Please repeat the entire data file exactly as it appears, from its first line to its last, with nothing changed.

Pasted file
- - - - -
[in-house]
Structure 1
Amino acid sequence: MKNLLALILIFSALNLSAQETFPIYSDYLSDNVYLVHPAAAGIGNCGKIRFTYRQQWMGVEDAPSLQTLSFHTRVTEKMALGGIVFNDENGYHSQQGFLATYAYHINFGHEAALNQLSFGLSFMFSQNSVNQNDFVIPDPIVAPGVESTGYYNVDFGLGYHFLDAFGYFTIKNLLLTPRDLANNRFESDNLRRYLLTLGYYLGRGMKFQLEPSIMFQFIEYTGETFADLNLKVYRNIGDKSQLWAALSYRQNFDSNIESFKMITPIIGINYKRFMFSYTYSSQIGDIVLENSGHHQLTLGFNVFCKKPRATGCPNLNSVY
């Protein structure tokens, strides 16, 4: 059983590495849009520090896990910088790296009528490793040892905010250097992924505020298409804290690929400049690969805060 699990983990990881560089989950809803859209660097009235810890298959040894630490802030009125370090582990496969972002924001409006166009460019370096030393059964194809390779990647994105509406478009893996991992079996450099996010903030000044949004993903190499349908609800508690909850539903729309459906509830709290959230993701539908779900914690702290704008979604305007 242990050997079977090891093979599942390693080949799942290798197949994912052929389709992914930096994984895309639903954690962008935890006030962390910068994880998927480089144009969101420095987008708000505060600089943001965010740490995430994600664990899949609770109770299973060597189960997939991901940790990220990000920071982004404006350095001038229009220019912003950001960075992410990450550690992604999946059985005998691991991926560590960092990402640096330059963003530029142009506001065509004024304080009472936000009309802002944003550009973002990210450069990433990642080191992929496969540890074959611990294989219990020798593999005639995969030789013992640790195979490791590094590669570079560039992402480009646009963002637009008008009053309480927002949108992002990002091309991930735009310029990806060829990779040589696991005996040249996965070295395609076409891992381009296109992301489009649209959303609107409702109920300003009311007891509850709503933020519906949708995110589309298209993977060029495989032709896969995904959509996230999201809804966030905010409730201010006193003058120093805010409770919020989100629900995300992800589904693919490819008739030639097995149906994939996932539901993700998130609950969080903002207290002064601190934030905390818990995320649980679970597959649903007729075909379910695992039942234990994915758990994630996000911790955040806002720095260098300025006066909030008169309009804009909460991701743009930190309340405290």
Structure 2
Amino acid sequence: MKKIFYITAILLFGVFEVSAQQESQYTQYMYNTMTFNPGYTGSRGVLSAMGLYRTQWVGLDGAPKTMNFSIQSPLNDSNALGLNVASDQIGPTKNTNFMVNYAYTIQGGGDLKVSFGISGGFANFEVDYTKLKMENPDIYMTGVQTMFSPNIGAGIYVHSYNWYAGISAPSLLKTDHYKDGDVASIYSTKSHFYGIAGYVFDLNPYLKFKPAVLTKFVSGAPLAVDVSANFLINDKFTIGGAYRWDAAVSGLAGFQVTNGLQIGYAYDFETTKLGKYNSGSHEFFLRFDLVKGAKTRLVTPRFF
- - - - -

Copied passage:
[in-house]
Structure 1
Amino acid sequence: MKNLLALILIFSALNLSAQETFPIYSDYLSDNVYLVHPAAAGIGNCGKIRFTYRQQWMGVEDAPSLQTLSFHTRVTEKMALGGIVFNDENGYHSQQGFLATYAYHINFGHEAALNQLSFGLSFMFSQNSVNQNDFVIPDPIVAPGVESTGYYNVDFGLGYHFLDAFGYFTIKNLLLTPRDLANNRFESDNLRRYLLTLGYYLGRGMKFQLEPSIMFQFIEYTGETFADLNLKVYRNIGDKSQLWAALSYRQNFDSNIESFKMITPIIGINYKRFMFSYTYSSQIGDIVLENSGHHQLTLGFNVFCKKPRATGCPNLNSVY
């Protein structure tokens, strides 16, 4: 059983590495849009520090896990910088790296009528490793040892905010250097992924505020298409804290690929400049690969805060 699990983990990881560089989950809803859209660097009235810890298959040894630490802030009125370090582990496969972002924001409006166009460019370096030393059964194809390779990647994105509406478009893996991992079996450099996010903030000044949004993903190499349908609800508690909850539903729309459906509830709290959230993701539908779900914690702290704008979604305007 242990050997079977090891093979599942390693080949799942290798197949994912052929389709992914930096994984895309639903954690962008935890006030962390910068994880998927480089144009969101420095987008708000505060600089943001965010740490995430994600664990899949609770109770299973060597189960997939991901940790990220990000920071982004404006350095001038229009220019912003950001960075992410990450550690992604999946059985005998691991991926560590960092990402640096330059963003530029142009506001065509004024304080009472936000009309802002944003550009973002990210450069990433990642080191992929496969540890074959611990294989219990020798593999005639995969030789013992640790195979490791590094590669570079560039992402480009646009963002637009008008009053309480927002949108992002990002091309991930735009310029990806060829990779040589696991005996040249996965070295395609076409891992381009296109992301489009649209959303609107409702109920300003009311007891509850709503933020519906949708995110589309298209993977060029495989032709896969995904959509996230999201809804966030905010409730201010006193003058120093805010409770919020989100629900995300992800589904693919490819008739030639097995149906994939996932539901993700998130609950969080903002207290002064601190934030905390818990995320649980679970597959649903007729075909379910695992039942234990994915758990994630996000911790955040806002720095260098300025006066909030008169309009804009909460991701743009930190309340405290």
Structure 2
Amino acid sequence: MKKIFYITAILLFGVFEVSAQQESQYTQYMYNTMTFNPGYTGSRGVLSAMGLYRTQWVGLDGAPKTMNFSIQSPLNDSNALGLNVASDQIGPTKNTNFMVNYAYTIQGGGDLKVSFGISGGFANFEVDYTKLKMENPDIYMTGVQTMFSPNIGAGIYVHSYNWYAGISAPSLLKTDHYKDGDVASIYSTKSHFYGIAGYVFDLNPYLKFKPAVLTKFVSGAPLAVDVSANFLINDKFTIGGAYRWDAAVSGLAGFQVTNGLQIGYAYDFETTKLGKYNSGSHEFFLRFDLVKGAKTRLVTPRFF